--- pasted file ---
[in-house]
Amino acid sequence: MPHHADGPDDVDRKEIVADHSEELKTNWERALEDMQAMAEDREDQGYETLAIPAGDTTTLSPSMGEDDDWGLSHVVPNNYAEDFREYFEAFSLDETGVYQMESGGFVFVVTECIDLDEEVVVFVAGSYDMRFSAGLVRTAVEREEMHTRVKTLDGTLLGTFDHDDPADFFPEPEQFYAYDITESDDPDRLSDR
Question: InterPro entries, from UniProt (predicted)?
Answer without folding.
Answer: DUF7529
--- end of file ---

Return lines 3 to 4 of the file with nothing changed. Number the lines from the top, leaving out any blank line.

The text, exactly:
Question: InterPro entries, from UniProt (predicted)?
Answer without folding.